It’s Friday night. To celebrate Chelsea’s birthday, a group of people get together, go out to dinner then return to her apartment. And then it happens. The Wii is brought out, the new game inserted, and the Just Dance party ensues (Just Dance is a video game in which you have to match the moves performed on screen by dancing with the remote).
That was my Friday night, and, as the birthday girl pointed out, surely there is a blog post in there somewhere. Initially I thought about how Just Dance is a game that brings people together, both through performing and laughing at the performers. Spiritual disciplines have a similar effect with us and God – creating a space for greater intimacy.
And so, I had planned on making an analogy between Just Dance and spiritual disciplines, as strange as that might seem. But, then, laying on my bed yesterday, a thought struck me – we can’t play Just Dance all the time, so does that mean we cannot enjoy and delight in one another all the time? By analogy, we don’t practice the spiritual disciplines all the time, so does that mean we can’t experience God’s presence all the time?
At the end of that night, I left the gathering, no Wiimote in hand, the dancing over. That point of connection had ended. My mentality is so similar when it comes to God. I spend devotional time with him, that’s his time. I go to church on Sunday morning, that’s his time. I try to offer up various prayers throughout the day, that’s his time. But what about the time in between “his time”?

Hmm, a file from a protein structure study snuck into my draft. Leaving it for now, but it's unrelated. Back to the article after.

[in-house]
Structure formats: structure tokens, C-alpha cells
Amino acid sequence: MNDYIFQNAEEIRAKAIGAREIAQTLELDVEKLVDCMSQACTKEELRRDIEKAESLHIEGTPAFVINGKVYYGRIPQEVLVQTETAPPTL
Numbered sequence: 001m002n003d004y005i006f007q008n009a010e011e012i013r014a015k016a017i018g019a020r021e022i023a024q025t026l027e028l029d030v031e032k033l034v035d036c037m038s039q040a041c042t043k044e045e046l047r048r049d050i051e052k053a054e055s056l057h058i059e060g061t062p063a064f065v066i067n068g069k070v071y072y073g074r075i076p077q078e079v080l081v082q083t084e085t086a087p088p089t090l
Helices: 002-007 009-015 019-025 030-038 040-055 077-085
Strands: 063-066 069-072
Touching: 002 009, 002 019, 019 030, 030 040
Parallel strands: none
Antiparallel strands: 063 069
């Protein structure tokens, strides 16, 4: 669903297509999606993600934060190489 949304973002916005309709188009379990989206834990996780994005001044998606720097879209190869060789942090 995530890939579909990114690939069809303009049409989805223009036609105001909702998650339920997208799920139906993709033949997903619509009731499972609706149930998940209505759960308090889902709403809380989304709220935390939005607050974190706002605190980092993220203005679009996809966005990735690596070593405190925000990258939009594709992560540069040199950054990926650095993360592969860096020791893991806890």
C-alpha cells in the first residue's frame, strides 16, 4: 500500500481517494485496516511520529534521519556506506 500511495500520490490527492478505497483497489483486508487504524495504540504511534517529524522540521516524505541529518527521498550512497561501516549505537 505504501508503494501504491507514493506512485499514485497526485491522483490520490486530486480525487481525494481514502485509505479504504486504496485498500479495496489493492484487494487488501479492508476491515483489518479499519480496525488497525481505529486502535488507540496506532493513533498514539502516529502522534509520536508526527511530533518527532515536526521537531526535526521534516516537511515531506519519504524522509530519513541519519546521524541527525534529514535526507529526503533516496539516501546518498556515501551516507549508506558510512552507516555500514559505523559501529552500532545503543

When I’m not doing something to bring myself closer to God, I often feel distant from God. Yet this is entirely backwards. It demonstrates my sinful bent to always want to do and my refusal to rest in his presence. Perhaps its because as long as I’m doing, I have some semblance of control, but when I’m not doing, it’s entirely up to him. In the times that I don’t dedicate to him, he gets to do entirely what he wants.
We live in a control culture. We want greater control over our lives, our weight, our money – just see the number of self-help books in a bookstore. And this bleeds into our Christianity; we feel that if we can put together a long enough string of consecutive days with quiet times, then God will have to respond. If we can offer up enough prayers to God in a day, we can force him to move.
But God isn’t a genie in a bottle, or a force manipulated by some magic formula. He is God, and all time, regardless of whether we allot it to him or not, is his time. As we realize we live in God’s time, and not he in ours, things change. This is the great hope of the Christian story – to be caught up into God’s time completely, as we will fully be in eternity.
So can I still be connected to my friends even when we aren’t experiencing the bonds brought about by laughing and playing the Wii? Absolutely. Is God present even in the times that I’m not consciously praying or reading my Bible or fasting? Absolutely.
May we realize this year that we live in God’s time, not the other way around, and respond in worship to that reality.